Tuesday, January 5, 2021

MG Fantasy review of Amari and the Night Brothers by B.B. Alston

Amari and the Night Brothers by B.B. Alston 

Format:  E-ARC 
Publisher:  Balazer & Bray
Number of pages:  416
Publishing:  January 19th, 2021
Source: Netgalley via Sparkpress

Opening Lines:  "I'm sitting in the principal's office.  Again."  

Amari attends a private school where she is being bullied and teased by her classmates, but today was the last straw.  After one of the girls makes a comment about her missing brother, Amari gives her a tiny shove, a decision that she instantly regrets.  Amari worries that her actions might add to her mom's burden, as if being a single mom and working twelve hour shifts at the hospital isn't enough, now she has to contend with Amari loosing her scholarship because of the school's zero tolerance policy.  Plus they're both still reeling over Amari's brother Quinton's disappearance six months ago.  

Then a mysterious sequence of events occur, an email appears in Quinton's inbox, a man shows up at their door telling her Quinton left her a briefcase and she learns that she's been nominated for the same summer leadership camp that Quinton attended.  Upon arriving at the Vanderbilt Hotel for her summer orientation, Amari learns that her brother was actually working for the Bureau of Supernatural Affairs, an elite magical organization that is the link between the known and hidden.  She learns everything she ever thought about magical creatures is real, dwarves and mermaids do exist, just that the bureau keeps them hidden from the rest of mankind.  At first, Amari only joins because she want's to gather as much information as she can about her brother's disappearance, but then she begins to see this as an opportunity to learn more about herself.  While at school, Amari makes friends with her roommate, Elise who is one of the last weredragon's in existence, and Dylan Van Helsing, who is the brother of Maria and Lara Van Helsing.  The Van Helsing's are one of the most famous legacy families at the school.  Maria was Quinton's partner and together they made up team VanQuish, that is until they both went missing.  As a new recruit to the Bureau of Supernatural Affairs, Amari undergoes two ceremonies, where she receives the highest possible badge, achieving a moonstone, and her enhancement reveals that she is a magician, something that has been deemed illegal within the bureau.  Initially, the bureau planned to lock her up but Amari proves to be more valuable for her skills and is allowed to continue with her training and studies, as well as to compete in the special agent tryouts.  Amari hopes that she will be able to get closer to the agents who knew her brother the best, and figure out a way to find her brother.  At the same time, Amari will have to contend with an evil magician bent on recovering an item of  immense destructive powers that was taken from him.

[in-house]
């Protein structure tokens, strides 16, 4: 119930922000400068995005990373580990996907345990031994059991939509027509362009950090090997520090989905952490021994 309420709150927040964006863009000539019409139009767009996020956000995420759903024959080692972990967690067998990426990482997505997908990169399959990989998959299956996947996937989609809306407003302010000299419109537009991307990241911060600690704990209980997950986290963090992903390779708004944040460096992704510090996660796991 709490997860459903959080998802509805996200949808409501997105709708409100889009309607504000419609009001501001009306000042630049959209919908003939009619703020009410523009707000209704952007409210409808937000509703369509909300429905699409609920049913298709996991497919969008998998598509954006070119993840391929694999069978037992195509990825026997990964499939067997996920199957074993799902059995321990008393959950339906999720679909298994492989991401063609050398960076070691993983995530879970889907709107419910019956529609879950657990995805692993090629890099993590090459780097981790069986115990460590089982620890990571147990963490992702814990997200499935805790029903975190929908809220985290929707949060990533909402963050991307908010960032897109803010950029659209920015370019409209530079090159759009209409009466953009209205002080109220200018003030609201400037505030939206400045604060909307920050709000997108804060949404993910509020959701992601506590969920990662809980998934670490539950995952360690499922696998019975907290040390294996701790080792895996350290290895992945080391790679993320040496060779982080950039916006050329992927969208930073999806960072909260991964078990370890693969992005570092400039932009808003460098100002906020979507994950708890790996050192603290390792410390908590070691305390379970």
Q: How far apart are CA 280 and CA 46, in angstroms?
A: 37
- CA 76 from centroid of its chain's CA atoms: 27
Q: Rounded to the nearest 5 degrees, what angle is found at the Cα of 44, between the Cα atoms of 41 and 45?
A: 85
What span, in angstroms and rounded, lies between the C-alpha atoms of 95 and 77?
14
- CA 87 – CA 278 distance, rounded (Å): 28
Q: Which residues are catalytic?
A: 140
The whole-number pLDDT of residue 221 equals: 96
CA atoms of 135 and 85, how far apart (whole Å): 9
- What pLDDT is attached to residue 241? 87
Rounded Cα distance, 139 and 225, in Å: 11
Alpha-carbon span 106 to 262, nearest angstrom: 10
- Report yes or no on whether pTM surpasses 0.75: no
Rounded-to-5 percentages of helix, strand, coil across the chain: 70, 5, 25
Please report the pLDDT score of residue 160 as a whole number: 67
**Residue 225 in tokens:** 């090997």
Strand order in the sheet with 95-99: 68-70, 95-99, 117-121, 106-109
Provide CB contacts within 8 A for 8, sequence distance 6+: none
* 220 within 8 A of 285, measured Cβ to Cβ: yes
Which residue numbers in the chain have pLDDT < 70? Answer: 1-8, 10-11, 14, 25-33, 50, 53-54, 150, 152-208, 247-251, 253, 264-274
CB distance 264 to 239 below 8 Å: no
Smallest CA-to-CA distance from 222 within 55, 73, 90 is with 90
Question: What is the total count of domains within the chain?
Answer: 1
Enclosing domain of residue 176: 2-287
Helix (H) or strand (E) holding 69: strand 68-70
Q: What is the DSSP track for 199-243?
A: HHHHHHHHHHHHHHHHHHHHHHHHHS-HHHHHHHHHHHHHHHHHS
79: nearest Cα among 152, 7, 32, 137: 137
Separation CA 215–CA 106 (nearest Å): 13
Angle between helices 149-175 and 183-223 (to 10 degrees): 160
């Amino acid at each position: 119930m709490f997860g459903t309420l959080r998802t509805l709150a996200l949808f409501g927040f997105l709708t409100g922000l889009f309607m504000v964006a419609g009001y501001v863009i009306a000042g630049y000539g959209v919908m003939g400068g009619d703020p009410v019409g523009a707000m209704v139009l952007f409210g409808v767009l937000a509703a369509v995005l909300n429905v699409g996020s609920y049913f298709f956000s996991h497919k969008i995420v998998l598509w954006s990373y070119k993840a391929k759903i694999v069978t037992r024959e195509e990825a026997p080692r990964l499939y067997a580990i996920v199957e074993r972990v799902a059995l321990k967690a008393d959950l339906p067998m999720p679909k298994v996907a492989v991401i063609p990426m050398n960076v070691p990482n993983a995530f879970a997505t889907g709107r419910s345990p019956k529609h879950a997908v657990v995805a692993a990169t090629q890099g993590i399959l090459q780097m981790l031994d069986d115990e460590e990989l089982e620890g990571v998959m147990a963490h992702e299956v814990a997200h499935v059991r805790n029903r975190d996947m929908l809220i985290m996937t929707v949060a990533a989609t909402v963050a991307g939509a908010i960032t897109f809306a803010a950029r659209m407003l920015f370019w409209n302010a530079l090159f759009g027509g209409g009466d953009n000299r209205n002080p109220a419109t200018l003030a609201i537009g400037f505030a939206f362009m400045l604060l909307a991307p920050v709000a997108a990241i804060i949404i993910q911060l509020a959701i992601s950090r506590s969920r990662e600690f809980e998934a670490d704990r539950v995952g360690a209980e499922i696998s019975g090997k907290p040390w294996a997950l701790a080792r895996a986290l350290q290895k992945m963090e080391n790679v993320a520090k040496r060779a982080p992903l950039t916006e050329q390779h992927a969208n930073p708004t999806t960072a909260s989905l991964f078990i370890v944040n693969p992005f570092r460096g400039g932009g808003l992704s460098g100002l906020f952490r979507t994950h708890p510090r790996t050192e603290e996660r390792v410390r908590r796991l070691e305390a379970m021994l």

Amari and the Night Brothers has been described as a contemporary real world fantasy, a description that seems to fit it perfectly.  Here we find technology weaved with magic, a sort of Men in Black school of agents with supernatural abilities, cool gadgets like sky sprints and stunsticks and trainees eager to pass their tryouts.  The magical system includes illusionists, technologists, weavers, even a weredragon who once her skills reveal themselves can breath fire.  There are many hints or nods toward other books.  The Peter Pan type feel when Amari was flying aboard the ship, the Harry Potter themes of a magical school,  a girl unaware of her hidden magical talents, a ceremony akin to the sorting hat but with a magical artifact, even a challenge that reminded me of one from The Goblet of Fire.   There's even the distinction being made between legacy families and those who are at the school based on merit. The sort of snide derogatory comments that Lucius Malfoy is known for.  It's really easy to see why Amari and the Night Brothers has already been optioned by Universal Pictures.  

Ah but there is so much more to the story, there's characters with questionable motives, a horrible betrayal, and a main character that is relatable and will capture your heart right away with how loyal she is to her friends.  A girl who despite being full of insecurities, desperately wants to make her brother proud.  Most of all, I really like how each chapter has an element that leaves you hanging for the next, the knock at the door, the visit from Quinton, each chapter leading into the next, which would be torture as a read aloud because it would make it so hard to find a stopping point.  Truly an exciting debut that deserves all the praise, I eagerly await the next book in the series.    ** Thank you to Netgalley and SparkPress for my review copy. **

Monday, January 4, 2021

MG Review of Clues to the Universe by Christina Li

Clues to the Universe by Christina Li 
Publisher:  Quill Tree Books
Number of pages:  304
Publishing:  January 12th, 2021
Source: Publisher via Netgalley in exchange for an honest review

Opening Lines:  "The last time I watched a rocket launch, I learned that there was no sound in space."